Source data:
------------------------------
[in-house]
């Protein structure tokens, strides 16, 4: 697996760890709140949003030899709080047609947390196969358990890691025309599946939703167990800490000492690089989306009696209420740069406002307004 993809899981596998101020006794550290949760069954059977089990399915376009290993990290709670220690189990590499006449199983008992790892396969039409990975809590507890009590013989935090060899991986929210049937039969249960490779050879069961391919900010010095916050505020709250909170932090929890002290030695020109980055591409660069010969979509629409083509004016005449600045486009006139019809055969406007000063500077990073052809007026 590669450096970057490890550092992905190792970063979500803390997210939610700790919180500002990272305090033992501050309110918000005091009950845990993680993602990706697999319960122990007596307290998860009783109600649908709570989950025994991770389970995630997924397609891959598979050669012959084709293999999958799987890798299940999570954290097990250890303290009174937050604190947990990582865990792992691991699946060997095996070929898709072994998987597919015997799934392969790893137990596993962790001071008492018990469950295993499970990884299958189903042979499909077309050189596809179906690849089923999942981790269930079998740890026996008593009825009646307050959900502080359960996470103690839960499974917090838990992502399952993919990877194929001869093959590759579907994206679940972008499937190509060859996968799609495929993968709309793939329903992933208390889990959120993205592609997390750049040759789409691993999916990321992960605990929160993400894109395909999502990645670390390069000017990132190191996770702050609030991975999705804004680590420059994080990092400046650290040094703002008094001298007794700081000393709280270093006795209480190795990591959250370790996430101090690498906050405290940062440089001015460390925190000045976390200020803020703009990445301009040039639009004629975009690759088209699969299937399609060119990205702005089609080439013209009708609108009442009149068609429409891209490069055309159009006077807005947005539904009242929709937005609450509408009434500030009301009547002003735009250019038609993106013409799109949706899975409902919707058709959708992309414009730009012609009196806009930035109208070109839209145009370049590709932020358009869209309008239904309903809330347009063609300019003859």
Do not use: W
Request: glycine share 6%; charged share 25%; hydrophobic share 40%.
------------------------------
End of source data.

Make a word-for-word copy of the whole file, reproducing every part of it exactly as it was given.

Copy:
[in-house]
């Protein structure tokens, strides 16, 4: 697996760890709140949003030899709080047609947390196969358990890691025309599946939703167990800490000492690089989306009696209420740069406002307004 993809899981596998101020006794550290949760069954059977089990399915376009290993990290709670220690189990590499006449199983008992790892396969039409990975809590507890009590013989935090060899991986929210049937039969249960490779050879069961391919900010010095916050505020709250909170932090929890002290030695020109980055591409660069010969979509629409083509004016005449600045486009006139019809055969406007000063500077990073052809007026 590669450096970057490890550092992905190792970063979500803390997210939610700790919180500002990272305090033992501050309110918000005091009950845990993680993602990706697999319960122990007596307290998860009783109600649908709570989950025994991770389970995630997924397609891959598979050669012959084709293999999958799987890798299940999570954290097990250890303290009174937050604190947990990582865990792992691991699946060997095996070929898709072994998987597919015997799934392969790893137990596993962790001071008492018990469950295993499970990884299958189903042979499909077309050189596809179906690849089923999942981790269930079998740890026996008593009825009646307050959900502080359960996470103690839960499974917090838990992502399952993919990877194929001869093959590759579907994206679940972008499937190509060859996968799609495929993968709309793939329903992933208390889990959120993205592609997390750049040759789409691993999916990321992960605990929160993400894109395909999502990645670390390069000017990132190191996770702050609030991975999705804004680590420059994080990092400046650290040094703002008094001298007794700081000393709280270093006795209480190795990591959250370790996430101090690498906050405290940062440089001015460390925190000045976390200020803020703009990445301009040039639009004629975009690759088209699969299937399609060119990205702005089609080439013209009708609108009442009149068609429409891209490069055309159009006077807005947005539904009242929709937005609450509408009434500030009301009547002003735009250019038609993106013409799109949706899975409902919707058709959708992309414009730009012609009196806009930035109208070109839209145009370049590709932020358009869209309008239904309903809330347009063609300019003859």
Do not use: W
Request: glycine share 6%; charged share 25%; hydrophobic share 40%.